Extraterritorial jurisdiction

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Extraterritorial jurisdiction (ETJ) is the legal ability of a government to exercise authority beyond its normal boundaries.

Any authority can claim ETJ over any external territory they wish. However, for the claim to be effective in the external territory (except by the exercise of force), it must be agreed either with the legal authority in the external territory, or with a legal authority that covers both territories. When unqualified, ETJ usually refers to such an agreed jurisdiction, or it will be called "claimed ETJ" or similar terms.

The phrase may also refer to a country's laws extending beyond its boundaries in the sense that they may authorise the courts of that country to enforce their jurisdiction against parties appearing before them in with respect to acts they allegedly engaged in outside that country. This does not depend on the co-operation of other countries, since the affected people are within the relevant country (or at least, in a case involving a person being tried in absentia, the case is being heard by a court of that country). For example, many countries have laws which give their criminal courts jurisdiction to try prosecutions for piracy, sexual offences against children, computer crimes and/or terrorism committed outside their national boundaries. Sometimes such laws only apply to nationals of that country, and sometimes they may apply to anyone.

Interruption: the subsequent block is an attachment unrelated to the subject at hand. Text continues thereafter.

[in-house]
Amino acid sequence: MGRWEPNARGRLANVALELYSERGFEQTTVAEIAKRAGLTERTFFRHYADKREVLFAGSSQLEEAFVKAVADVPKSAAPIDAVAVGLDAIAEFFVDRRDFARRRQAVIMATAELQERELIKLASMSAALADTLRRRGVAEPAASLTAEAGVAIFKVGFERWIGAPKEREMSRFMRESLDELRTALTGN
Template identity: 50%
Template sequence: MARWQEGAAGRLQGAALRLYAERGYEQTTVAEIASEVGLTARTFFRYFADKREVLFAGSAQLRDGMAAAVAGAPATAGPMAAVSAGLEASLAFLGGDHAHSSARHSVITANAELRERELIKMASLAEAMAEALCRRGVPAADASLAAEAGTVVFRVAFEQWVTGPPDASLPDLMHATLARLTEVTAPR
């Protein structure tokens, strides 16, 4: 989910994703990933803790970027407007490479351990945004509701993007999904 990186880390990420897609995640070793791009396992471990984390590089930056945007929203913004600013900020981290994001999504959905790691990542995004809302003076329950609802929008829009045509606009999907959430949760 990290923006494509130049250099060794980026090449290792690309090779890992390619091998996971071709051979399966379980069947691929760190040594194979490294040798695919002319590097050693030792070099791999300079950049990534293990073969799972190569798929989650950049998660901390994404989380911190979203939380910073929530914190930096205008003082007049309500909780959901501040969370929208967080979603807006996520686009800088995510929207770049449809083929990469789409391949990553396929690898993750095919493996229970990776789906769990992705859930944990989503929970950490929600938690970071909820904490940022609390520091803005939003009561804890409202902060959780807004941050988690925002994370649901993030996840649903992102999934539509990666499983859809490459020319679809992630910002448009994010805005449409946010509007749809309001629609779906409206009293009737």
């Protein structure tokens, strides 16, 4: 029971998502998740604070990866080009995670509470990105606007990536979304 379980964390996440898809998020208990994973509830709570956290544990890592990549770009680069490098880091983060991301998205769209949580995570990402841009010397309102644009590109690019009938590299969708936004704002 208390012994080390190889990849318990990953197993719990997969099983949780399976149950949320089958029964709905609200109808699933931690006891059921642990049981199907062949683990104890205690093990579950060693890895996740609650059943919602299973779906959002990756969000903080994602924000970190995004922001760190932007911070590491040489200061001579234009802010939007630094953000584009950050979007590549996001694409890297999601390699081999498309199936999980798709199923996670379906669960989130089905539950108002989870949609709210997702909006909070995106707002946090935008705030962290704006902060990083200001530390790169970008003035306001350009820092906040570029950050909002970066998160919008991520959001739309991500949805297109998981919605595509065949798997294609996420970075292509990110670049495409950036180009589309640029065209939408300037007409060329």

Some confusion has arisen as to the meaning of "extraterritorial jurisdiction." In its broad application, the term refers to criminal acts that were committed outside the sovereign territory of a prosecuting state. Cedric Ryngaert, Professor of Public International Law and Head of the Department of International and European Law at Utrecht University, noted that a state asserting jurisdiction over crimes committed in other jurisdictions would still prosecute in the state's own territorial courts.[1]

Cases of exercised jurisdiction[edit]

Diplomatic missions[edit]